The environment in Asia is already under tremendous pressure as a result of the unsustainable use of land, forests, water and even air in many regions. Climate change will only exacerbate these challenges. Rising sea levels will likely endanger densely populated areas, changes in the monsoon patterns can strongly impact agriculture, melting glaciers will increase long-term water scarcity, and extreme weather events such as heavy rainfall and cyclones can pose further hazards.

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Central America & Caribbean

Natural disasters and water scarcity are key challenges for most of Central America and the Caribbean. These challenges will become even more pronounced as the climate changes. Weak resource and disaster risk management and land disputes pose additional security challenges for large parts of the region. Several countries of Central America and the Caribbean have limited adaptive capacities as they face political instability caused by high social inequality, crime, corruption, and intra-state conflicts.

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Europe

As one of the most developed and most densely populated regions in the world, Europe makes heavy use of its resources, resulting in difficult trade-offs and negative consequences for the environment and ecosystems. Land is used for settlements, agriculture and dense infrastructure, creating problems of soil degradation. Water resources are stressed due to unsustainable agricultural practices. Despite nature protection policies, Europe continues to lose biodiversity at an alarming pace. Some of these trends are exacerbated by climate change, which is expected, for instance, to lead to shifts in water availability.

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Global Issues

Resource scarcities, environmental pollution and climate change are not limited by national borders, but often have a transboundary or even global impact. These issues interact with political stability, governance structures and economic performance, and can trigger or worsen disputes and violent conflicts. Exacerbating some of these trends, climate change is likely to lead to the degradation of freshwater resources, declines in food production, increases in storm and flood disasters and environmentally induced migration. All these developments pose potential for conflict.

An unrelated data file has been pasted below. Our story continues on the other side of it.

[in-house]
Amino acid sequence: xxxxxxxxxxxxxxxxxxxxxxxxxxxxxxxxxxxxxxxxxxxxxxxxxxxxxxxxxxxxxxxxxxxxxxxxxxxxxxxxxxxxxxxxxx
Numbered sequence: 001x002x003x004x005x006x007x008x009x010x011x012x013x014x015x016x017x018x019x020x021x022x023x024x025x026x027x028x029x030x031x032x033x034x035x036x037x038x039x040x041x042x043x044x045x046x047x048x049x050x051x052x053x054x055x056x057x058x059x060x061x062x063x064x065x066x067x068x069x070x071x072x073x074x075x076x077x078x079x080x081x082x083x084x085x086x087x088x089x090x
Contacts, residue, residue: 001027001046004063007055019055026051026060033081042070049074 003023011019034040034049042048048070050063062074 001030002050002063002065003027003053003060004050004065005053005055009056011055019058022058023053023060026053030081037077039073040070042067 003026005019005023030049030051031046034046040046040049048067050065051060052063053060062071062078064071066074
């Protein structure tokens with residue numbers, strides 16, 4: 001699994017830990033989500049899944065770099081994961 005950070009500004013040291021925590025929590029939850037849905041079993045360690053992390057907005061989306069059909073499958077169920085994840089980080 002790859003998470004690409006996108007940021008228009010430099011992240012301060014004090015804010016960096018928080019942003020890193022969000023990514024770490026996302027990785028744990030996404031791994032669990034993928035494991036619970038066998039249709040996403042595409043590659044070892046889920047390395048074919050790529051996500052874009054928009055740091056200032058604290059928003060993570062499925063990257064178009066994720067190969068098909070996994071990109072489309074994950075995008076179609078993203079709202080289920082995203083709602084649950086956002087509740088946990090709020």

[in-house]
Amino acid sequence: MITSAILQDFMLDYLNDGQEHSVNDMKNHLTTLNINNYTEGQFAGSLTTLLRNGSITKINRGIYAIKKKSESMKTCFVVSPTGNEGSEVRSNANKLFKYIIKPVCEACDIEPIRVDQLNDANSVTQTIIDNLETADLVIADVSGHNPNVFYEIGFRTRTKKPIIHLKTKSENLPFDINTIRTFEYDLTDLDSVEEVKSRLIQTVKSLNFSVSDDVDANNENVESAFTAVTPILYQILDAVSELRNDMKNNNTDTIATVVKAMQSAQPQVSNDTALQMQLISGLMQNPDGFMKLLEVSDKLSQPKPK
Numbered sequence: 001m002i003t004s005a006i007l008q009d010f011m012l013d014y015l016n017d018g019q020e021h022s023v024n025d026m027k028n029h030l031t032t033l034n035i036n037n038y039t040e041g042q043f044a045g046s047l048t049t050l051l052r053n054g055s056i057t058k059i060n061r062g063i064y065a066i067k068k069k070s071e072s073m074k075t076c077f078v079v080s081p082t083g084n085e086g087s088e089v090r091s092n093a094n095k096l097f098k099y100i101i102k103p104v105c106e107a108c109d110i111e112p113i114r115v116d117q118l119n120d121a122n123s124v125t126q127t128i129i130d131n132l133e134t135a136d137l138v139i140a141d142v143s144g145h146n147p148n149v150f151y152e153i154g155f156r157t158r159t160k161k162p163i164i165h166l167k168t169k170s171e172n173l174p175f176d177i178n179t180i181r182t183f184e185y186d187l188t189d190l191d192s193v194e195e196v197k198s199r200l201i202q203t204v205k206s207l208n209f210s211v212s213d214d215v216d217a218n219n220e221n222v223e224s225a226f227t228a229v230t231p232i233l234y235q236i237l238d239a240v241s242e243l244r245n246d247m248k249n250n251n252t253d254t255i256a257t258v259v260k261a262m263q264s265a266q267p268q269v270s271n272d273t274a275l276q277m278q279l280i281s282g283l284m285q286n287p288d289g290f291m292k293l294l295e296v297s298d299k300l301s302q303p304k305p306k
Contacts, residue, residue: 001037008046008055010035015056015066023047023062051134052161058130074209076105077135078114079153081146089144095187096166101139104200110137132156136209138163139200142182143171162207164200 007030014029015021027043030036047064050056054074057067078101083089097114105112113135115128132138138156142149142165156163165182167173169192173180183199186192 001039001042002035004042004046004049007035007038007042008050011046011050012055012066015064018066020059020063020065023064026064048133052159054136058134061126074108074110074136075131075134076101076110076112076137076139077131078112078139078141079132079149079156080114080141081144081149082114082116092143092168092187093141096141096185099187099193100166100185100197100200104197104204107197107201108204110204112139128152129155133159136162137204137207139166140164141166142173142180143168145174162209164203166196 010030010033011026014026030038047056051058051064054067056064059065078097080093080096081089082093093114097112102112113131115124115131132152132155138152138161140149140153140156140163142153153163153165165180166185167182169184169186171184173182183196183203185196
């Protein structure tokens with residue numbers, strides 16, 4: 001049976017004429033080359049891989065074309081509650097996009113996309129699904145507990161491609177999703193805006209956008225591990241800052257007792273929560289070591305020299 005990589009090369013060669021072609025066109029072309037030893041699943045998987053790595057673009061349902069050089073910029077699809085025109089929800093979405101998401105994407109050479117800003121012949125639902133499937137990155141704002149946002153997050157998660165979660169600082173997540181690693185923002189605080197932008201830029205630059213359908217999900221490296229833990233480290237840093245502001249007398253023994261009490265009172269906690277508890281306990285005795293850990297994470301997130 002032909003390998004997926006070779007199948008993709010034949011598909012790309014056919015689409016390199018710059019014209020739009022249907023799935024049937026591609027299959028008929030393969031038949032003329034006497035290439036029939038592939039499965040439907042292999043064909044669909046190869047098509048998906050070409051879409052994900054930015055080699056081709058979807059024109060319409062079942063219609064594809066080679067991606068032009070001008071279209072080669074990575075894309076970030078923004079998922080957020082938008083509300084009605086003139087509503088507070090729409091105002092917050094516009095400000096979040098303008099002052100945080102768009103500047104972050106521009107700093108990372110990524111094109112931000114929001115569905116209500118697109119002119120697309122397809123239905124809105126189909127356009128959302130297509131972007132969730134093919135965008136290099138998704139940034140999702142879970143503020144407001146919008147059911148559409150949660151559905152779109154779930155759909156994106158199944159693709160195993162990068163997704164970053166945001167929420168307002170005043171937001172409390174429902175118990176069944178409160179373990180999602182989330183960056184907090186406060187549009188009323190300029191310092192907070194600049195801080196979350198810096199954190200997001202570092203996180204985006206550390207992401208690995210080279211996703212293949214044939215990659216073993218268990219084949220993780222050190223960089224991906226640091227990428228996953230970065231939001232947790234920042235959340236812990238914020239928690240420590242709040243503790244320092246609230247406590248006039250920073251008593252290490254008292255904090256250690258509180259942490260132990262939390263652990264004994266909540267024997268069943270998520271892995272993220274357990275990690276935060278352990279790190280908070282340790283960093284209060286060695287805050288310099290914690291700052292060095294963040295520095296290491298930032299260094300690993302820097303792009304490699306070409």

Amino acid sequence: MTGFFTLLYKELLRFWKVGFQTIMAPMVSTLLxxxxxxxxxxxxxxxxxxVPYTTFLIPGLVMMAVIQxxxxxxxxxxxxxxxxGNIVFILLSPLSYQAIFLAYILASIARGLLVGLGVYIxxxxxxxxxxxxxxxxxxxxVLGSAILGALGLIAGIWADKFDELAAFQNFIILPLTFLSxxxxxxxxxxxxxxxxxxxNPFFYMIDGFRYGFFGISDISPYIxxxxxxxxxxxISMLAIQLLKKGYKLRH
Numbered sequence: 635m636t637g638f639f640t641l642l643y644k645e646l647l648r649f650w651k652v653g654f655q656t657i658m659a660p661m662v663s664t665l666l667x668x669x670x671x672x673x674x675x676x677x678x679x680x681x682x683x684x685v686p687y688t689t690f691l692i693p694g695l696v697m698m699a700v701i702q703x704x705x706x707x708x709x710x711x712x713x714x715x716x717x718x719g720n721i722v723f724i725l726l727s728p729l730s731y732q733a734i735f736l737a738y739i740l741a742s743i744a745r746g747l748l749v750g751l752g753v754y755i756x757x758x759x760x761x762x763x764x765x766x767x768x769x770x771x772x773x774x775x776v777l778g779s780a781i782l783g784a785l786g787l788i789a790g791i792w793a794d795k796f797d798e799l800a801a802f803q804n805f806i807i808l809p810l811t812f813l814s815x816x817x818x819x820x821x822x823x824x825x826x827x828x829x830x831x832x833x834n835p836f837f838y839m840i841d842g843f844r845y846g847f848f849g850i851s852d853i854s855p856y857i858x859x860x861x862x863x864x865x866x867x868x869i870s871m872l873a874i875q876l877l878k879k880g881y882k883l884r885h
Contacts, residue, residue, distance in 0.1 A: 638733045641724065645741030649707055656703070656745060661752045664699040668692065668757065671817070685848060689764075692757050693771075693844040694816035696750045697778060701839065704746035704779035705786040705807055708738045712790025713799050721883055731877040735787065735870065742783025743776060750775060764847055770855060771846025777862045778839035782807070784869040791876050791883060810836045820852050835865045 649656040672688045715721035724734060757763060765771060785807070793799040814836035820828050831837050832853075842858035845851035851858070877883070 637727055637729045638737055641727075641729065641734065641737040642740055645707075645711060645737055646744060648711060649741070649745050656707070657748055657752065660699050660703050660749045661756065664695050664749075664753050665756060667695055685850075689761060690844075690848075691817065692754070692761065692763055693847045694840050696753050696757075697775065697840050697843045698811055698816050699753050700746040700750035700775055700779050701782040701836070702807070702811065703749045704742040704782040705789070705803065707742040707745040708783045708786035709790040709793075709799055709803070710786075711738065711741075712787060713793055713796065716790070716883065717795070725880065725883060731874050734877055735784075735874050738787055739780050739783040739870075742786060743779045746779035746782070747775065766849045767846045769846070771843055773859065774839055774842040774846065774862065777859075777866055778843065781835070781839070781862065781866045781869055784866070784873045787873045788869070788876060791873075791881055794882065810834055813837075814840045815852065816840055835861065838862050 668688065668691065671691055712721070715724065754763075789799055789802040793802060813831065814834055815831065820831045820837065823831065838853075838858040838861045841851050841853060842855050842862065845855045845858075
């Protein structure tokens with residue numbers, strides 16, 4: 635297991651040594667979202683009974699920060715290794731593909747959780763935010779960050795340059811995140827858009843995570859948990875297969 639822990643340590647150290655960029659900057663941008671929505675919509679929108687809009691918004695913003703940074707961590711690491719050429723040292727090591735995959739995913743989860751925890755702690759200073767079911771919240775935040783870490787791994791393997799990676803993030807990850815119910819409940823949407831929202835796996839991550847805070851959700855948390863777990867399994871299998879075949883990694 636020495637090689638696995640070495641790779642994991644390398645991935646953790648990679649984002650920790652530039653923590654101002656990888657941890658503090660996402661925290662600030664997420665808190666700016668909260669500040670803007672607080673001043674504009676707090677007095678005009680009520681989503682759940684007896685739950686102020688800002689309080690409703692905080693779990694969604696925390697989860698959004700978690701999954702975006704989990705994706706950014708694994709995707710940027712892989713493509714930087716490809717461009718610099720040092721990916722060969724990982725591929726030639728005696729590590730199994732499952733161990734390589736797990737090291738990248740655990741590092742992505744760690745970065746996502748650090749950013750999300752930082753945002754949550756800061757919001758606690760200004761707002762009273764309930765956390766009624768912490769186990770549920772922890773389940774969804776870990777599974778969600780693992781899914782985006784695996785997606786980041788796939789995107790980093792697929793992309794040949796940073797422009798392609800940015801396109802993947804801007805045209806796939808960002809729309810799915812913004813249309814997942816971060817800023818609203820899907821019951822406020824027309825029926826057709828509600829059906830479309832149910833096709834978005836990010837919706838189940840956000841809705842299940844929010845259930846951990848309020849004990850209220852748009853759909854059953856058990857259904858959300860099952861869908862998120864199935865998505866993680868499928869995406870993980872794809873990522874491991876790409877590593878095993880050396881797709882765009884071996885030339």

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Middle East & North Africa

The geopolitical position of the Middle East and North Africa (MENA), its fossil fuel resources, high population growth and the political changes spurred by the Arab Spring all make the region one of the most dynamic in the world. Nevertheless, it is also one of the most arid and environmentally stressed. Dwindling water resources, limited arable and grazing land, high pollution from household and industrial waste, remnants of conflicts and increasing desertification are key environmental challenges.

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North America

Climate change has various impacts on the three North American countries of Canada, Mexico and the US. Canada and the US have well-developed adaptive capacities and foster the strengthening of capacities in other regions as well. With high per capita emissions, these two countries also bear a greater responsibility for a changing climate. Mexico has a sound national strategy for climate change adaptation, yet fewer capacities than Canada and the US. The poorer and rural populations of Mexico are especially vulnerable to climate change, due to an increased sensitivity and a lower adaptive capacity.

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Oceania & Pacific

In Oceania, population growth and economic development trends put a strain on oceanic and island ecosystems. Freshwater scarcity, overexploitation of fisheries, loss of land biodiversity, forests and trees, invasive species, soil degradation, increasing levels of settlement, poor management of solid and hazardous waste and disproportionate use of coastal areas are some of the problems. Climate change exacerbates most of these trends, while also raising questions about the future sovereignty of some island states.

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South America

South America has diverse and unique ecosystems and is very rich in biodiversity. Weak natural resource management, land disputes and extreme weather events bring about significant challenges for the region. While South America accounts for relatively few CO2 emissions, the changing climate will alter its ecosystems and greater climate variability will lead to more hurricanes, landslides, and droughts.

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Sub-Saharan Africa

In many African states, environmental security issues rank high on the political agenda. Throughout the continent, countries suffer from water scarcity, food insecurity and energy poverty. These chronic and worsening resource scarcities have severe livelihood implications and are exacerbated by political conflicts over access to and control over these resources. Climate change may seriously threaten political and economic stability in Africa. It may also put a severe strain on the capacities of states and societies to co-ordinate activities, to communicate and to organize.